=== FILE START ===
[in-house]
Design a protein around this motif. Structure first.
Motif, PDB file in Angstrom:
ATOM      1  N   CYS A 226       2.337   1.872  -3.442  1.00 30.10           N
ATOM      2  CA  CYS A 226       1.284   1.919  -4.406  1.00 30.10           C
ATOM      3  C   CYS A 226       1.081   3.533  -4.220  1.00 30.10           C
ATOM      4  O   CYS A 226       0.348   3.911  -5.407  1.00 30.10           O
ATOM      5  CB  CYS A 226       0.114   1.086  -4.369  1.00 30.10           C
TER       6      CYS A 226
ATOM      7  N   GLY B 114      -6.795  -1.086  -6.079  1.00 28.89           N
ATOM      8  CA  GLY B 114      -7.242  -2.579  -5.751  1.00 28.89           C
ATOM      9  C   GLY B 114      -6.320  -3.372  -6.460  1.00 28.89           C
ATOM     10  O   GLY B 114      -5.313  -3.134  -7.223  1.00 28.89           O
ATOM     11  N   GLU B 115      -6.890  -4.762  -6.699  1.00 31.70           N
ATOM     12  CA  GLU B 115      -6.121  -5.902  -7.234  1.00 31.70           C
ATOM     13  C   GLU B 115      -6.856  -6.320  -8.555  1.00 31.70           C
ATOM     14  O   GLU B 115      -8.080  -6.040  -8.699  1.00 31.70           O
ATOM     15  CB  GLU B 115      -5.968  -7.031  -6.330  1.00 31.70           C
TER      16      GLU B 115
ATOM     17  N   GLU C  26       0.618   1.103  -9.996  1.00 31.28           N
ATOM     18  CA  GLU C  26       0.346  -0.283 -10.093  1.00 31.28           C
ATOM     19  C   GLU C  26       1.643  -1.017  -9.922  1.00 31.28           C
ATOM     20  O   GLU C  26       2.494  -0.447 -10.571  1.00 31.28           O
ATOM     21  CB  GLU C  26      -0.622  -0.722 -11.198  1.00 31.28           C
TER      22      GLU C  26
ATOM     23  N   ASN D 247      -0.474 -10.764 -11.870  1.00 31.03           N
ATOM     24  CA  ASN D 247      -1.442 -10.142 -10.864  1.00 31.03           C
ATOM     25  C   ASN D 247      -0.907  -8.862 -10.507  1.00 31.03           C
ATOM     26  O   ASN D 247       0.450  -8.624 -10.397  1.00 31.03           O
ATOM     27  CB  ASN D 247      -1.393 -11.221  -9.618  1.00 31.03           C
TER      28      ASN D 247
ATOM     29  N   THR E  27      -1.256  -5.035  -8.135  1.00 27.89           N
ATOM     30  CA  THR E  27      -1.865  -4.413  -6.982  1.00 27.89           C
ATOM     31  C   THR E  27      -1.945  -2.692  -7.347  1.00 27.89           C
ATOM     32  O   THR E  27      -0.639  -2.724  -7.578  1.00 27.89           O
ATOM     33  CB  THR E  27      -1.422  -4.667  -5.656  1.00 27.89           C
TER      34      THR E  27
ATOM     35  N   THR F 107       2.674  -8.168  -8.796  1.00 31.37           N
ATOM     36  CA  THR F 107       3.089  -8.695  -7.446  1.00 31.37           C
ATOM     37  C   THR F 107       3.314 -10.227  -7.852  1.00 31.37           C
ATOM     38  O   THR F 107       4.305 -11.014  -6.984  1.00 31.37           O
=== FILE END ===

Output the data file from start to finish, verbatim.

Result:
[in-house]
Design a protein around this motif. Structure first.
Motif, PDB file in Angstrom:
ATOM      1  N   CYS A 226       2.337   1.872  -3.442  1.00 30.10           N
ATOM      2  CA  CYS A 226       1.284   1.919  -4.406  1.00 30.10           C
ATOM      3  C   CYS A 226       1.081   3.533  -4.220  1.00 30.10           C
ATOM      4  O   CYS A 226       0.348   3.911  -5.407  1.00 30.10           O
ATOM      5  CB  CYS A 226       0.114   1.086  -4.369  1.00 30.10           C
TER       6      CYS A 226
ATOM      7  N   GLY B 114      -6.795  -1.086  -6.079  1.00 28.89           N
ATOM      8  CA  GLY B 114      -7.242  -2.579  -5.751  1.00 28.89           C
ATOM      9  C   GLY B 114      -6.320  -3.372  -6.460  1.00 28.89           C
ATOM     10  O   GLY B 114      -5.313  -3.134  -7.223  1.00 28.89           O
ATOM     11  N   GLU B 115      -6.890  -4.762  -6.699  1.00 31.70           N
ATOM     12  CA  GLU B 115      -6.121  -5.902  -7.234  1.00 31.70           C
ATOM     13  C   GLU B 115      -6.856  -6.320  -8.555  1.00 31.70           C
ATOM     14  O   GLU B 115      -8.080  -6.040  -8.699  1.00 31.70           O
ATOM     15  CB  GLU B 115      -5.968  -7.031  -6.330  1.00 31.70           C
TER      16      GLU B 115
ATOM     17  N   GLU C  26       0.618   1.103  -9.996  1.00 31.28           N
ATOM     18  CA  GLU C  26       0.346  -0.283 -10.093  1.00 31.28           C
ATOM     19  C   GLU C  26       1.643  -1.017  -9.922  1.00 31.28           C
ATOM     20  O   GLU C  26       2.494  -0.447 -10.571  1.00 31.28           O
ATOM     21  CB  GLU C  26      -0.622  -0.722 -11.198  1.00 31.28           C
TER      22      GLU C  26
ATOM     23  N   ASN D 247      -0.474 -10.764 -11.870  1.00 31.03           N
ATOM     24  CA  ASN D 247      -1.442 -10.142 -10.864  1.00 31.03           C
ATOM     25  C   ASN D 247      -0.907  -8.862 -10.507  1.00 31.03           C
ATOM     26  O   ASN D 247       0.450  -8.624 -10.397  1.00 31.03           O
ATOM     27  CB  ASN D 247      -1.393 -11.221  -9.618  1.00 31.03           C
TER      28      ASN D 247
ATOM     29  N   THR E  27      -1.256  -5.035  -8.135  1.00 27.89           N
ATOM     30  CA  THR E  27      -1.865  -4.413  -6.982  1.00 27.89           C
ATOM     31  C   THR E  27      -1.945  -2.692  -7.347  1.00 27.89           C
ATOM     32  O   THR E  27      -0.639  -2.724  -7.578  1.00 27.89           O
ATOM     33  CB  THR E  27      -1.422  -4.667  -5.656  1.00 27.89           C
TER      34      THR E  27
ATOM     35  N   THR F 107       2.674  -8.168  -8.796  1.00 31.37           N
ATOM     36  CA  THR F 107       3.089  -8.695  -7.446  1.00 31.37           C
ATOM     37  C   THR F 107       3.314 -10.227  -7.852  1.00 31.37           C
ATOM     38  O   THR F 107       4.305 -11.014  -6.984  1.00 31.37           O